We are currently tracking the potential for a significant winter storm to impact the the Denver Metro area early next week. Read on for full details.
In our post on Monday, we alerted you to the potential for some interesting weather to begin the month of February. With models remaining somewhat consistent over the last three or four days, we are now comfortable at least mentioning the possibility of a major winter storm impacting eastern Colorado Monday into Tuesday.
The models continue to show a deep, 500 mb trough digging into the Four Corners region late Sunday night. This we are fairly certain of.
However, as with every Front Range snowstorm, track will be everything. At this point, it is a little too early to say for sure. Models (GFS/Euro/Canadian) generally have been keeping the heaviest snow within our state’s borders. Admittedly, the last several runs have the bulls-eye south and east of Denver, but this can definitely change. The map below from the GFS ensembles shows the uncertainty in how far that trough may end up digging southward.
We look at these “spaghetti” plots, as they are called, to gauge model uncertainty, particularly when making forecasts several days out. In the red circle, notice the large spread in the model solutions for the blue lines (the digging trough). Though not equivalent to the storm’s track, the positioning of the trough as it moves across Colorado will play a huge role in where the storm system goes and where the bulls-eye of heavy snow will be. The model ensemble members (blue lines) are skewed slightly south from the mean (thick black line), but in general, are clustered within about 150 miles in the north south direction. For this reason (among others), we can’t pin location of heaviest snow down precisely, only to within about a 150-mile swath, for now.
We think this trough will spawn a potent surface low somewhere in SE Colorado/NW New Mexico Sunday evening, which is shown in the GFS surface map below. This positioning will bring upslope and precipitation to most of eastern Colorado.
It could be a slow-mover…
Despite the uncertain track, the one thing this storm does have going for it is slow progression. Models continue to show that it will take it’s good ole’ time moving through the area. The lack of much blocking (like a ridge) in the eastern USA makes us a little skeptical of this projected storm speed. However, if it does pan out, excellent moisture, decent upper-level divergence (from the jet), and deep upslope will be present from Monday morning into early Tuesday morning. This equates to 24 hours (or more) of continuous snow for the region.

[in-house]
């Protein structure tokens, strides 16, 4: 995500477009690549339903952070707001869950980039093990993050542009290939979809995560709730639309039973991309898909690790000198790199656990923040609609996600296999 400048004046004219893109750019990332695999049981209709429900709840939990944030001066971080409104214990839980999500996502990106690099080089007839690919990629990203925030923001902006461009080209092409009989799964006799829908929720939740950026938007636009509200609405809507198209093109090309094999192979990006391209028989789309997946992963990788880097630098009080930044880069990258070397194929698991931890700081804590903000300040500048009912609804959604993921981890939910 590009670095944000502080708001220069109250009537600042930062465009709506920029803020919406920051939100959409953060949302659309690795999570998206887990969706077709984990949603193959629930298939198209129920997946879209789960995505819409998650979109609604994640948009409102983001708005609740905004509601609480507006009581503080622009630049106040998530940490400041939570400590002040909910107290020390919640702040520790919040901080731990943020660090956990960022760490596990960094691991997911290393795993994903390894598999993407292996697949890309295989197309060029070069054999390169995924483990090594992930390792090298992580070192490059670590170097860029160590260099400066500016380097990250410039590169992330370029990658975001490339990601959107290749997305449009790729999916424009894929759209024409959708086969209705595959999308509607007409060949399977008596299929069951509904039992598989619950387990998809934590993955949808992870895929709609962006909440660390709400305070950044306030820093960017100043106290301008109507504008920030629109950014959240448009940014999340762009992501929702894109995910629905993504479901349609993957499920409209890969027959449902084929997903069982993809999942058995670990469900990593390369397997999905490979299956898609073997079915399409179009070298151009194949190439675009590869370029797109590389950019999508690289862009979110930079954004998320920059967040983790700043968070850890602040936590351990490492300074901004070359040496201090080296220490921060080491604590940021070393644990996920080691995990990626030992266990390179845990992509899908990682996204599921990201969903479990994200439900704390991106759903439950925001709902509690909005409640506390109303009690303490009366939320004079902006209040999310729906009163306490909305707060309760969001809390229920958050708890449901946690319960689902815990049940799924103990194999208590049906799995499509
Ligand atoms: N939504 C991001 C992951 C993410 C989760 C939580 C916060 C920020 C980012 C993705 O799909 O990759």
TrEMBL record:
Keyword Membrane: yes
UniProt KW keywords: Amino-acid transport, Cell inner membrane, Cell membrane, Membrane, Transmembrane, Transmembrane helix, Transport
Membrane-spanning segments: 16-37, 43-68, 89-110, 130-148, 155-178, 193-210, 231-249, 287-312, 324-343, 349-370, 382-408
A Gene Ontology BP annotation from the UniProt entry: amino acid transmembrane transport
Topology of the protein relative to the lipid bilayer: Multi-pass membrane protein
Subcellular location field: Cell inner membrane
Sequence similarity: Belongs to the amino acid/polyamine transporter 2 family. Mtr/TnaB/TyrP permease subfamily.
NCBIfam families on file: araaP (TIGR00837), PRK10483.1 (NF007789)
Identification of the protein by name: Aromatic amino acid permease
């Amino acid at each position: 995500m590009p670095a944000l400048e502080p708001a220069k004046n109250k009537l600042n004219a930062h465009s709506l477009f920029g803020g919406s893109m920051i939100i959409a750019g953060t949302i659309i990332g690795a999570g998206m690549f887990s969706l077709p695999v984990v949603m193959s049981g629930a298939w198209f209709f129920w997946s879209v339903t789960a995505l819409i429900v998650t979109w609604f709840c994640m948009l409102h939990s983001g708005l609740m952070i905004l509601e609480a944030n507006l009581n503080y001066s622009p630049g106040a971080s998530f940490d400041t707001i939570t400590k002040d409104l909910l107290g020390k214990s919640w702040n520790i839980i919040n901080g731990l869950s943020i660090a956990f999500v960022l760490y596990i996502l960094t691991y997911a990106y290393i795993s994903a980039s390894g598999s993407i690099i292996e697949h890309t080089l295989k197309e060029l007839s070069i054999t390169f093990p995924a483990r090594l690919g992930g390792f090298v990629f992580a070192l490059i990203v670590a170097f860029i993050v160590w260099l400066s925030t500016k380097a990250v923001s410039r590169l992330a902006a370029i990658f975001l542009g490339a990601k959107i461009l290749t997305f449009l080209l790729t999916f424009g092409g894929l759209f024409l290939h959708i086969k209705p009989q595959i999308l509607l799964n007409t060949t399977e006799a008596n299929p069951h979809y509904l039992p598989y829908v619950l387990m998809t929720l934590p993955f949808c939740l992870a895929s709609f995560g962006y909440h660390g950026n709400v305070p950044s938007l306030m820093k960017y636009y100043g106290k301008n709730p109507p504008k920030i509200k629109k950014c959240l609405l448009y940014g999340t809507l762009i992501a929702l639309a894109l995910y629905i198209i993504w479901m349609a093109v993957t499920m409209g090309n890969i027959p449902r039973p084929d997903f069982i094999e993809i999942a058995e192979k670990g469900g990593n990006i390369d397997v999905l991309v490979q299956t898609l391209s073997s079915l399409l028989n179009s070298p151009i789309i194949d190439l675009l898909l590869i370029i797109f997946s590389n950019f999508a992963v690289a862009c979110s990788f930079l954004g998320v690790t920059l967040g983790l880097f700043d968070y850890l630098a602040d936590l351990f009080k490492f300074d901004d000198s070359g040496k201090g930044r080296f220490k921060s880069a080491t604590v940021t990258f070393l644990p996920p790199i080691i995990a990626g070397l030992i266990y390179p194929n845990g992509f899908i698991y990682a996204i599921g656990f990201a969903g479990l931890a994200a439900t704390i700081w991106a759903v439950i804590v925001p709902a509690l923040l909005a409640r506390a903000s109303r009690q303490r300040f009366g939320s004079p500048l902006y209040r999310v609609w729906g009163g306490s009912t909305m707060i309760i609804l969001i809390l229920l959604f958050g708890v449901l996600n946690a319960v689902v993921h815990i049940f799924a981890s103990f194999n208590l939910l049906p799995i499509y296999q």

When it comes to snow storms, slow movement can make up for other lacking ingredients. As such, even with a less-than-favorable track for snow in Boulder, the shear duration of the event could still drop significant snow. It is a few days too early to make any definite forecasts, but at this point, models are in relatively close agreement (and have been for days).
Blizzard conditions from Denver and east may also be a concern, as strong winds will accompany the core of the system near the Kansas border. Though, we shouldn’t have to worry about that in Boulder, thankfully.
After a long wait, the southern storm track looks to finally produce a strong storm that will likely bring significant snow to parts of Colorado early next week. Right now, snow looks to begin Monday morning, persisting into late Monday night/early Tuesday. Be aware that the timing will likely change slightly before the storm arrives.
The exact track is too uncertain right now, but the potential for 6″ of snow or more exists across all of Colorado. Our initial thoughts for the storm are shown below:
Stay tuned for more information over the next few days, as we will be tracking this storm closely! We’ll certainly have more confidence in model solutions by the weekend. For now, just expect a good chance of snow and colder conditions early next week.